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Immigration and property

  • 20-09-2021 10:54am
    #1
    Registered Users Posts: 1,983 ✭✭✭ Sunny Disposition


    Read an article a few days ago and it stated that any time Ireland has a strong economy it'll almost certainly have a housing crisis because people from much bigger EU countries can immigrate here legally.

    Now, this is quite uncomfortable to admit, but I think this is quite possibly true. Is there any way around it? In an ideal world we'd have more limited immigration for the next couple of years, but there's nothing that can be done. I think there are some echoes of the Celtic Tiger about the current situation, with a huge demand for new homes which is going to propel the economy for the near future at least.

    Is a perpetually unstable housing market the price we pay for economic success while part of the EU?



Comments

  • Registered Users Posts: 1,604 ✭✭✭ Amadan Dubh


    For me it is clear that there is a correlation between immigration from 2015 and the explosion in rents, mainly due to supply being an issue. One thing I would say is that a conclusion I have is that sustained high immigration and muted supply is necessary for the property market to stay at current prices or even climb further; or else housing costs will drop. High immigration is nearly taken for granted to be something which will stay with us for the foreseeable future but, like liquidity, it is there until it isn't and it was only 10 years ago that we had net emigration so these trends can reverse and reverse fairly quickly. Even just a change in our political landscape without an economic slowdown, with less pro-business parties than FG/FF, could result in companies being hesitant to grow numbers at high levels.



  • Posts: 18,752 ✭✭✭✭ [Deleted User]


    Which immigration policies do you think are at fault?



  • Registered Users Posts: 8,033 ✭✭✭ Ray Palmer


    No it is all nonsense and thinly veiled xenophobic. They are here working enriching our economy why single out the Eastern Block? The UK had an issue with the imigration of it's own common wealth countries which is nothing like here.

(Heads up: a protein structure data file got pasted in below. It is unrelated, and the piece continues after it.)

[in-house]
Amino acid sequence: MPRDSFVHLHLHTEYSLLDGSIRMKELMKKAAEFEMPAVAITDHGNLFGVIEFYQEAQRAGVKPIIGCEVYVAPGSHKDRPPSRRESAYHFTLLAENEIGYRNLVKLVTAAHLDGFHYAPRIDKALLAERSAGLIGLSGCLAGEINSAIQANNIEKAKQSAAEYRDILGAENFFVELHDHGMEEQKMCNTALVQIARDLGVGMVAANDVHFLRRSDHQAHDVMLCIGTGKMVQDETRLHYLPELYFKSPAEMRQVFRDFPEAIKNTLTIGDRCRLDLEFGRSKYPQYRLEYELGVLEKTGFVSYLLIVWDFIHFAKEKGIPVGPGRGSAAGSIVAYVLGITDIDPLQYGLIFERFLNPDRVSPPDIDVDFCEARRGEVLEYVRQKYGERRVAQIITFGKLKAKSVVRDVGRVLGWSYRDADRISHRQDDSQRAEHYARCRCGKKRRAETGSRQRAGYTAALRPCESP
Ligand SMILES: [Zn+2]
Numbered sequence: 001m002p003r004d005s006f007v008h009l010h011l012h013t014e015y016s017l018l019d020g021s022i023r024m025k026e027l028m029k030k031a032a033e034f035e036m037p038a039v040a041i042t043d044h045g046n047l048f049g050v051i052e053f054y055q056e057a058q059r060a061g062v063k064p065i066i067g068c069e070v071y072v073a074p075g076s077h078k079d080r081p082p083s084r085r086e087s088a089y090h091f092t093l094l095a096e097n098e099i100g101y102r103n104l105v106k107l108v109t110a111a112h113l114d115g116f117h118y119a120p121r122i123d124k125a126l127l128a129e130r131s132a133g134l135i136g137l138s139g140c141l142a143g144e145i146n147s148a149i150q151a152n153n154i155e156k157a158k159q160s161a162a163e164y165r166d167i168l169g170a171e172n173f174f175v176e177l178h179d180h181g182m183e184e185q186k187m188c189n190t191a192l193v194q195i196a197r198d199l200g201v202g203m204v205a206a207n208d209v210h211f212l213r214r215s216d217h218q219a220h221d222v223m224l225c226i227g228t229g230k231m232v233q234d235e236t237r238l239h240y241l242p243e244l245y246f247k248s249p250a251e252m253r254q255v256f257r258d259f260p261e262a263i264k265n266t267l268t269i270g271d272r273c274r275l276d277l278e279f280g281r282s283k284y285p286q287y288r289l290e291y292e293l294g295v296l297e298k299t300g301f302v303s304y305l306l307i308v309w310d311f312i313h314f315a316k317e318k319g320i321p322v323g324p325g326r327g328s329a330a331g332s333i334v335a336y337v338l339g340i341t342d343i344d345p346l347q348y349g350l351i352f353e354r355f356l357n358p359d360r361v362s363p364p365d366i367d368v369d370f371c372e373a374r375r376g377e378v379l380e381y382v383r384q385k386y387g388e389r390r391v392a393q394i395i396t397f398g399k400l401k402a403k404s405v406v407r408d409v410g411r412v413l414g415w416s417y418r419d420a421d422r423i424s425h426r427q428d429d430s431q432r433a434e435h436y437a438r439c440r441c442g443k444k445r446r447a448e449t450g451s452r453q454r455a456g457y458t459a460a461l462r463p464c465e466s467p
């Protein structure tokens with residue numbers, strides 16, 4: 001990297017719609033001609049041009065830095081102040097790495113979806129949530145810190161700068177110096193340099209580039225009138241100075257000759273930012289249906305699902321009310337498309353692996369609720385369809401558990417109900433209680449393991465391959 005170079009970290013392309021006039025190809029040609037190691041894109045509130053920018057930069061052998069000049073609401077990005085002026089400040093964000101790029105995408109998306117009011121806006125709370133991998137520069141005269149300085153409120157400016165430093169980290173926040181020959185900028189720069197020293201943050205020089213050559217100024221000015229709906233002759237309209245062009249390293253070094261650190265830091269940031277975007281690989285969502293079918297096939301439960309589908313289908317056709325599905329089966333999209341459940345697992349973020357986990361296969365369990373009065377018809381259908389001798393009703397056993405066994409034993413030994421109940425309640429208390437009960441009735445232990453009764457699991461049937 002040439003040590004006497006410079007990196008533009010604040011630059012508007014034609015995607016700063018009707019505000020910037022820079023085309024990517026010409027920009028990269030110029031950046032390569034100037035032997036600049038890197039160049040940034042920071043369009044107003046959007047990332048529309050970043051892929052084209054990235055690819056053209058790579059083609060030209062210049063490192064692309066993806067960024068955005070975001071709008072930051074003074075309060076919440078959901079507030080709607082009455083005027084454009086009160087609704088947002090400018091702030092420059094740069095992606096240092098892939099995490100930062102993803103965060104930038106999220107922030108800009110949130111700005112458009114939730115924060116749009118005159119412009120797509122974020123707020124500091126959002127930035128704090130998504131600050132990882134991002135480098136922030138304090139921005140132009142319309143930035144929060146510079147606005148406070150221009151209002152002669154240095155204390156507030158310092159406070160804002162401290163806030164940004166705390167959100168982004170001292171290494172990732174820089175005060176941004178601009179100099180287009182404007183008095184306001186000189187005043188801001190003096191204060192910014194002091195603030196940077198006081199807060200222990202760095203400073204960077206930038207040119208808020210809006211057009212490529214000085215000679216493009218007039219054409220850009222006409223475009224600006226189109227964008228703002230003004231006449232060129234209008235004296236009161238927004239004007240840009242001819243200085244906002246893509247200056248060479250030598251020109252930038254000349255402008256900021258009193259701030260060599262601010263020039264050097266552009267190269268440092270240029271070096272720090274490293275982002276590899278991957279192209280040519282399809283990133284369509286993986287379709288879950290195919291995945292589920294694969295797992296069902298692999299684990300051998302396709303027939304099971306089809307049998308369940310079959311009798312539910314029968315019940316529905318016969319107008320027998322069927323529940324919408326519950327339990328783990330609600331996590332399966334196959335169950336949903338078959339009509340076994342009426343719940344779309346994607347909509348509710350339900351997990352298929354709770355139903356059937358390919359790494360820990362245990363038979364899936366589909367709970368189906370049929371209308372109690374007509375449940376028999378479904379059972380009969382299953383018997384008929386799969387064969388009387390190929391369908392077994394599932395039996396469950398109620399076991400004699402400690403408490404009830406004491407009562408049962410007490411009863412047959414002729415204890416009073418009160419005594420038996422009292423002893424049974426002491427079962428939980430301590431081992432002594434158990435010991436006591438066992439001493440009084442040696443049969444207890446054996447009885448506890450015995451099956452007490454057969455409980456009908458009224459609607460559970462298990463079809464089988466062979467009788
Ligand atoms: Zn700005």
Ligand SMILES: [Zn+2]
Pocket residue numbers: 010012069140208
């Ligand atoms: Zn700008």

I agree there will be a racist backlash from people like you who claim it is justified because you don't want them here and think Irish born people have more rights.

    I doubt you can actually point to anything that you think should be changes that is anyway reasonable. Look at Brexit and see how important immigration is to the economy



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  • Moderators, Business & Finance Moderators Posts: 8,072 Mod ✭✭✭✭ Jim2007



    In that case you need to dramatically upgrade your reading material, because what you are reading is racist propaganda and your disseminating it will leave us to draw our on conclusions.

    If you are serious interested in the situation then demonstrate it by reading and discussing serious documentation not that kind of trash.



  • Registered Users Posts: 26,191 ✭✭✭✭ Wanderer78


    once again, irelands housing issues are largely due to maintaining a status quo of economic policies that largely favors current property and land owners, this is also maintained by a primarily fire sector(finance, insurance and real estate) run economy, i.e. little or nothing to do with immigrants!



  • Registered Users Posts: 3,801 ✭✭✭ enricoh


    Is the Irish mirror racist propaganda and do I need to upgrade Jim? Over 60k net immigrants into Ireland in 2019-2020. They must live in a parallel universe and not require any housing at all sunny disposition!

    https://www.irishmirror.ie/news/irish-news/irelands-population-nears-five-million-22553167

    The net inward migration among non-Irish nationals decreased to 28,300 from 35,800 in 2019.



This discussion has been closed.
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